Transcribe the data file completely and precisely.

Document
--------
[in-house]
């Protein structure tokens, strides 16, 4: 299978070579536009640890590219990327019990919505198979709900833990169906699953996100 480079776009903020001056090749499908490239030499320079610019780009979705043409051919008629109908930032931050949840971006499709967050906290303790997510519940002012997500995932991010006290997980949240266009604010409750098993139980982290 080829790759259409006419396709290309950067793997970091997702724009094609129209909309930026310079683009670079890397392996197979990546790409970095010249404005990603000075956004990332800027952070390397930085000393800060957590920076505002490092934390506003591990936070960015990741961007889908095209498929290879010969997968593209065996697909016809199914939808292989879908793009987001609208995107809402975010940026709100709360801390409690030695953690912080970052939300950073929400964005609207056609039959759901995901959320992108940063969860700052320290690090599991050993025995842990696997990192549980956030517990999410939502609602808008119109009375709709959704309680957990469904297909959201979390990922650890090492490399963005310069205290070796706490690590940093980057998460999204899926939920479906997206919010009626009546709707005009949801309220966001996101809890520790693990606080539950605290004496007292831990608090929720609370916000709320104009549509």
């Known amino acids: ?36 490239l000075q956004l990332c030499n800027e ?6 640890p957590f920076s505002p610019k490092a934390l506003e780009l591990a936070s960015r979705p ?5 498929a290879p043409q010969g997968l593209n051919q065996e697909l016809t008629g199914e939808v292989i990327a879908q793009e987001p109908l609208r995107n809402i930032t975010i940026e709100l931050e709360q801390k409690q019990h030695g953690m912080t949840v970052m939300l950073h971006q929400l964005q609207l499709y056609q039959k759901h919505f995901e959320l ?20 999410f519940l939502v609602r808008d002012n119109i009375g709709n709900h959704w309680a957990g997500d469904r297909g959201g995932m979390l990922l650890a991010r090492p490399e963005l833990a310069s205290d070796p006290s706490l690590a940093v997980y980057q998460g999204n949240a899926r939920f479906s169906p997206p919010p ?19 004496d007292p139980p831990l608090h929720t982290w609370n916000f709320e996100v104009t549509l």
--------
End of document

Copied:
[in-house]
């Protein structure tokens, strides 16, 4: 299978070579536009640890590219990327019990919505198979709900833990169906699953996100 480079776009903020001056090749499908490239030499320079610019780009979705043409051919008629109908930032931050949840971006499709967050906290303790997510519940002012997500995932991010006290997980949240266009604010409750098993139980982290 080829790759259409006419396709290309950067793997970091997702724009094609129209909309930026310079683009670079890397392996197979990546790409970095010249404005990603000075956004990332800027952070390397930085000393800060957590920076505002490092934390506003591990936070960015990741961007889908095209498929290879010969997968593209065996697909016809199914939808292989879908793009987001609208995107809402975010940026709100709360801390409690030695953690912080970052939300950073929400964005609207056609039959759901995901959320992108940063969860700052320290690090599991050993025995842990696997990192549980956030517990999410939502609602808008119109009375709709959704309680957990469904297909959201979390990922650890090492490399963005310069205290070796706490690590940093980057998460999204899926939920479906997206919010009626009546709707005009949801309220966001996101809890520790693990606080539950605290004496007292831990608090929720609370916000709320104009549509």
């Known amino acids: ?36 490239l000075q956004l990332c030499n800027e ?6 640890p957590f920076s505002p610019k490092a934390l506003e780009l591990a936070s960015r979705p ?5 498929a290879p043409q010969g997968l593209n051919q065996e697909l016809t008629g199914e939808v292989i990327a879908q793009e987001p109908l609208r995107n809402i930032t975010i940026e709100l931050e709360q801390k409690q019990h030695g953690m912080t949840v970052m939300l950073h971006q929400l964005q609207l499709y056609q039959k759901h919505f995901e959320l ?20 999410f519940l939502v609602r808008d002012n119109i009375g709709n709900h959704w309680a957990g997500d469904r297909g959201g995932m979390l990922l650890a991010r090492p490399e963005l833990a310069s205290d070796p006290s706490l690590a940093v997980y980057q998460g999204n949240a899926r939920f479906s169906p997206p919010p ?19 004496d007292p139980p831990l608090h929720t982290w609370n916000f709320e996100v104009t549509l």